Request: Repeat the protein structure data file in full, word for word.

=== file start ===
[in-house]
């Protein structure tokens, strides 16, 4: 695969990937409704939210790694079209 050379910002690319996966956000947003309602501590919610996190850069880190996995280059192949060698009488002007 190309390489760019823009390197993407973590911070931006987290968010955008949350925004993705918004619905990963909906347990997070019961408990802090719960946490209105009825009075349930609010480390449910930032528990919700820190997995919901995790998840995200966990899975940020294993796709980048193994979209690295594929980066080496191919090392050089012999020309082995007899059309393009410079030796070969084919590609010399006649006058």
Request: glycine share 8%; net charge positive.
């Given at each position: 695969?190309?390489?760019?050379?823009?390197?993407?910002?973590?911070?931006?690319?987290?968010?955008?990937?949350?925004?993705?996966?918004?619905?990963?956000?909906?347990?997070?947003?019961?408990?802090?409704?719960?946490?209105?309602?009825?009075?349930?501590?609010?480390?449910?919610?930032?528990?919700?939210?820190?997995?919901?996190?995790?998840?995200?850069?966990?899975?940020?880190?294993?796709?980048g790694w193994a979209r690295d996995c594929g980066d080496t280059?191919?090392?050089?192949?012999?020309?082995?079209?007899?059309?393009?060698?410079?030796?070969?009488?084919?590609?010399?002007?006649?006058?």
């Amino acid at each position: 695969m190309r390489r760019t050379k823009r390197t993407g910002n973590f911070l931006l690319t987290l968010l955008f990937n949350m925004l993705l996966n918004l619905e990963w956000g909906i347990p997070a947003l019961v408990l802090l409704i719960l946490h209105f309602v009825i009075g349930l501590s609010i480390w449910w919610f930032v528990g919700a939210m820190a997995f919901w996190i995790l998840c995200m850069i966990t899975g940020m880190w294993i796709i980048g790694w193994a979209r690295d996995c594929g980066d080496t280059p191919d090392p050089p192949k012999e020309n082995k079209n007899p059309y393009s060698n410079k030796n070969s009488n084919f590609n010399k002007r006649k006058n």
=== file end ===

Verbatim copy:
[in-house]
């Protein structure tokens, strides 16, 4: 695969990937409704939210790694079209 050379910002690319996966956000947003309602501590919610996190850069880190996995280059192949060698009488002007 190309390489760019823009390197993407973590911070931006987290968010955008949350925004993705918004619905990963909906347990997070019961408990802090719960946490209105009825009075349930609010480390449910930032528990919700820190997995919901995790998840995200966990899975940020294993796709980048193994979209690295594929980066080496191919090392050089012999020309082995007899059309393009410079030796070969084919590609010399006649006058």
Request: glycine share 8%; net charge positive.
């Given at each position: 695969?190309?390489?760019?050379?823009?390197?993407?910002?973590?911070?931006?690319?987290?968010?955008?990937?949350?925004?993705?996966?918004?619905?990963?956000?909906?347990?997070?947003?019961?408990?802090?409704?719960?946490?209105?309602?009825?009075?349930?501590?609010?480390?449910?919610?930032?528990?919700?939210?820190?997995?919901?996190?995790?998840?995200?850069?966990?899975?940020?880190?294993?796709?980048g790694w193994a979209r690295d996995c594929g980066d080496t280059?191919?090392?050089?192949?012999?020309?082995?079209?007899?059309?393009?060698?410079?030796?070969?009488?084919?590609?010399?002007?006649?006058?």
């Amino acid at each position: 695969m190309r390489r760019t050379k823009r390197t993407g910002n973590f911070l931006l690319t987290l968010l955008f990937n949350m925004l993705l996966n918004l619905e990963w956000g909906i347990p997070a947003l019961v408990l802090l409704i719960l946490h209105f309602v009825i009075g349930l501590s609010i480390w449910w919610f930032v528990g919700a939210m820190a997995f919901w996190i995790l998840c995200m850069i966990t899975g940020m880190w294993i796709i980048g790694w193994a979209r690295d996995c594929g980066d080496t280059p191919d090392p050089p192949k012999e020309n082995k079209n007899p059309y393009s060698n410079k030796n070969s009488n084919f590609n010399k002007r006649k006058n």